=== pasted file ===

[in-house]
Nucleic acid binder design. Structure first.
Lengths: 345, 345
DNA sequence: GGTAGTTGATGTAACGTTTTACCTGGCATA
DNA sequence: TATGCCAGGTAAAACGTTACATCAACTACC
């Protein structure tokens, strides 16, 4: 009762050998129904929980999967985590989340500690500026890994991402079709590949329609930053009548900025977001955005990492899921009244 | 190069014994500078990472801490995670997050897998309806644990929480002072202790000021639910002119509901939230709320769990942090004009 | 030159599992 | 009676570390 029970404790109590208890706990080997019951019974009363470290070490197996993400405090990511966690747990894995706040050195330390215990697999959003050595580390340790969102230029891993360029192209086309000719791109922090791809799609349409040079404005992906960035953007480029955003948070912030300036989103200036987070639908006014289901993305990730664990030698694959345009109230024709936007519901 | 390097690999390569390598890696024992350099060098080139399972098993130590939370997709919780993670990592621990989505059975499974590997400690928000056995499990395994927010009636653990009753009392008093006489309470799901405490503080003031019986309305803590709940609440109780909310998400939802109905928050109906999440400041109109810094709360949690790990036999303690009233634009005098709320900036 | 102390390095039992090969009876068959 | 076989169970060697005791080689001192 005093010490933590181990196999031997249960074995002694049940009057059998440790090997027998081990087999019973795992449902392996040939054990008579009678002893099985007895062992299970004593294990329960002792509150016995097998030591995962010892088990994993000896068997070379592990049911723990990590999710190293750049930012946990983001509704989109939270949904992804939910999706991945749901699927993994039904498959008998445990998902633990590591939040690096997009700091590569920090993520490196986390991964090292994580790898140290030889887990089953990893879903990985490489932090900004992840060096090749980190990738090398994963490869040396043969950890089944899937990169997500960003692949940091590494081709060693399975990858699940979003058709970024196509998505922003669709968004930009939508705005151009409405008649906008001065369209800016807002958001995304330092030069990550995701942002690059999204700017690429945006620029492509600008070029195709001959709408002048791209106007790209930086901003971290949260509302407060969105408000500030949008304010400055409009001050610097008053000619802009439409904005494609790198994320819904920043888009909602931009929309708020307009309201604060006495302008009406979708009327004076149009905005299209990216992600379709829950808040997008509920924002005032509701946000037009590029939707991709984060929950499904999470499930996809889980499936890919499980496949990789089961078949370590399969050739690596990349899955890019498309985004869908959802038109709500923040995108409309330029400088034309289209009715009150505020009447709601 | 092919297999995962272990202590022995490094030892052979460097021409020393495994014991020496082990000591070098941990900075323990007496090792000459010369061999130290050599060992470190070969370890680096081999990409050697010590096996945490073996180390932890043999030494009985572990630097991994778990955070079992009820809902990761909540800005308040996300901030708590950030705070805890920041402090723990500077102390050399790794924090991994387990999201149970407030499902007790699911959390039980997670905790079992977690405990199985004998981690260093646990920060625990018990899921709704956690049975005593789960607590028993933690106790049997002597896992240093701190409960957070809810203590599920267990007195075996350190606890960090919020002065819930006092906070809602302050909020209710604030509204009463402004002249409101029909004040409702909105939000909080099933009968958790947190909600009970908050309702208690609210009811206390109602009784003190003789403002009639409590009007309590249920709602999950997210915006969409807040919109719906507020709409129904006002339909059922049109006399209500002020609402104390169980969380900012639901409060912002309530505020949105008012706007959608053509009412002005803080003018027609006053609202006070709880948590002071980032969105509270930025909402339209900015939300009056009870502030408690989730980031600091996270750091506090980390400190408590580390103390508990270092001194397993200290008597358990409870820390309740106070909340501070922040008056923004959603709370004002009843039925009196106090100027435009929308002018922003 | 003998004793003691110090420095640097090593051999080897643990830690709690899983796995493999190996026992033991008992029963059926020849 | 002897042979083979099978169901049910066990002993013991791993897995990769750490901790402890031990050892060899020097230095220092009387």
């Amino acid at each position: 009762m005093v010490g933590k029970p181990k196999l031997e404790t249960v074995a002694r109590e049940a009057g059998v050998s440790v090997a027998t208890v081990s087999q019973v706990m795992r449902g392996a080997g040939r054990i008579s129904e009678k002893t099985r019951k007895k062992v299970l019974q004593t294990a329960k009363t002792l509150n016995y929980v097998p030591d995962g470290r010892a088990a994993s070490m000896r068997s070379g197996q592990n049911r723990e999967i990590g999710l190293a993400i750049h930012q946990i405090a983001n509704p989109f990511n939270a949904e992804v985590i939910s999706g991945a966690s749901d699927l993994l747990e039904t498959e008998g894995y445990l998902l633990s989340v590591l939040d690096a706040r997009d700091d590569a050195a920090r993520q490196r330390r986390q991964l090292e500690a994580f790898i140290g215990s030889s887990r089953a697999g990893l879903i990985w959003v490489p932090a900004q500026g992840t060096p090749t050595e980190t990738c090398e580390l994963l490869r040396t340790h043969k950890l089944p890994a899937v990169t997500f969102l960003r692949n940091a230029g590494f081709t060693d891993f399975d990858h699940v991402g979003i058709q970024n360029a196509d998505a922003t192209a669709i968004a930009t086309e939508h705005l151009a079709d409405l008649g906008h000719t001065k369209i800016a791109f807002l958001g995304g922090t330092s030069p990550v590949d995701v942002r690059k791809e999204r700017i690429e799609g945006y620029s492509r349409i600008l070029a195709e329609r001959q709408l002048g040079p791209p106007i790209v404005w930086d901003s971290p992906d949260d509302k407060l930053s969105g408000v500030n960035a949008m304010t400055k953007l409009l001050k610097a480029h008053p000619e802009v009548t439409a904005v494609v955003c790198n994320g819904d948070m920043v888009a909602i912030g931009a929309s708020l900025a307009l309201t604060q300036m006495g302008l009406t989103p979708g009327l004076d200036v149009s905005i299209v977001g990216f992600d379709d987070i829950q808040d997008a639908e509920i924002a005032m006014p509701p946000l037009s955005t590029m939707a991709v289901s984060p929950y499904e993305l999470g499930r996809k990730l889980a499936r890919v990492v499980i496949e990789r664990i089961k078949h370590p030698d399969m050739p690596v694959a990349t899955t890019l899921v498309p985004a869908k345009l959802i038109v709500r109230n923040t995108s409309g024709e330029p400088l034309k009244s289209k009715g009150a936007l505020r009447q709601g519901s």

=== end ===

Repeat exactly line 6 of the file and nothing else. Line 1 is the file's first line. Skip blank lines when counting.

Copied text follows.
């Protein structure tokens, strides 16, 4: 009762050998129904929980999967985590989340500690500026890994991402079709590949329609930053009548900025977001955005990492899921009244 | 190069014994500078990472801490995670997050897998309806644990929480002072202790000021639910002119509901939230709320769990942090004009 | 030159599992 | 009676570390 029970404790109590208890706990080997019951019974009363470290070490197996993400405090990511966690747990894995706040050195330390215990697999959003050595580390340790969102230029891993360029192209086309000719791109922090791809799609349409040079404005992906960035953007480029955003948070912030300036989103200036987070639908006014289901993305990730664990030698694959345009109230024709936007519901 | 390097690999390569390598890696024992350099060098080139399972098993130590939370997709919780993670990592621990989505059975499974590997400690928000056995499990395994927010009636653990009753009392008093006489309470799901405490503080003031019986309305803590709940609440109780909310998400939802109905928050109906999440400041109109810094709360949690790990036999303690009233634009005098709320900036 | 102390390095039992090969009876068959 | 076989169970060697005791080689001192 005093010490933590181990196999031997249960074995002694049940009057059998440790090997027998081990087999019973795992449902392996040939054990008579009678002893099985007895062992299970004593294990329960002792509150016995097998030591995962010892088990994993000896068997070379592990049911723990990590999710190293750049930012946990983001509704989109939270949904992804939910999706991945749901699927993994039904498959008998445990998902633990590591939040690096997009700091590569920090993520490196986390991964090292994580790898140290030889887990089953990893879903990985490489932090900004992840060096090749980190990738090398994963490869040396043969950890089944899937990169997500960003692949940091590494081709060693399975990858699940979003058709970024196509998505922003669709968004930009939508705005151009409405008649906008001065369209800016807002958001995304330092030069990550995701942002690059999204700017690429945006620029492509600008070029195709001959709408002048791209106007790209930086901003971290949260509302407060969105408000500030949008304010400055409009001050610097008053000619802009439409904005494609790198994320819904920043888009909602931009929309708020307009309201604060006495302008009406979708009327004076149009905005299209990216992600379709829950808040997008509920924002005032509701946000037009590029939707991709984060929950499904999470499930996809889980499936890919499980496949990789089961078949370590399969050739690596990349899955890019498309985004869908959802038109709500923040995108409309330029400088034309289209009715009150505020009447709601 | 092919297999995962272990202590022995490094030892052979460097021409020393495994014991020496082990000591070098941990900075323990007496090792000459010369061999130290050599060992470190070969370890680096081999990409050697010590096996945490073996180390932890043999030494009985572990630097991994778990955070079992009820809902990761909540800005308040996300901030708590950030705070805890920041402090723990500077102390050399790794924090991994387990999201149970407030499902007790699911959390039980997670905790079992977690405990199985004998981690260093646990920060625990018990899921709704956690049975005593789960607590028993933690106790049997002597896992240093701190409960957070809810203590599920267990007195075996350190606890960090919020002065819930006092906070809602302050909020209710604030509204009463402004002249409101029909004040409702909105939000909080099933009968958790947190909600009970908050309702208690609210009811206390109602009784003190003789403002009639409590009007309590249920709602999950997210915006969409807040919109719906507020709409129904006002339909059922049109006399209500002020609402104390169980969380900012639901409060912002309530505020949105008012706007959608053509009412002005803080003018027609006053609202006070709880948590002071980032969105509270930025909402339209900015939300009056009870502030408690989730980031600091996270750091506090980390400190408590580390103390508990270092001194397993200290008597358990409870820390309740106070909340501070922040008056923004959603709370004002009843039925009196106090100027435009929308002018922003 | 003998004793003691110090420095640097090593051999080897643990830690709690899983796995493999190996026992033991008992029963059926020849 | 002897042979083979099978169901049910066990002993013991791993897995990769750490901790402890031990050892060899020097230095220092009387």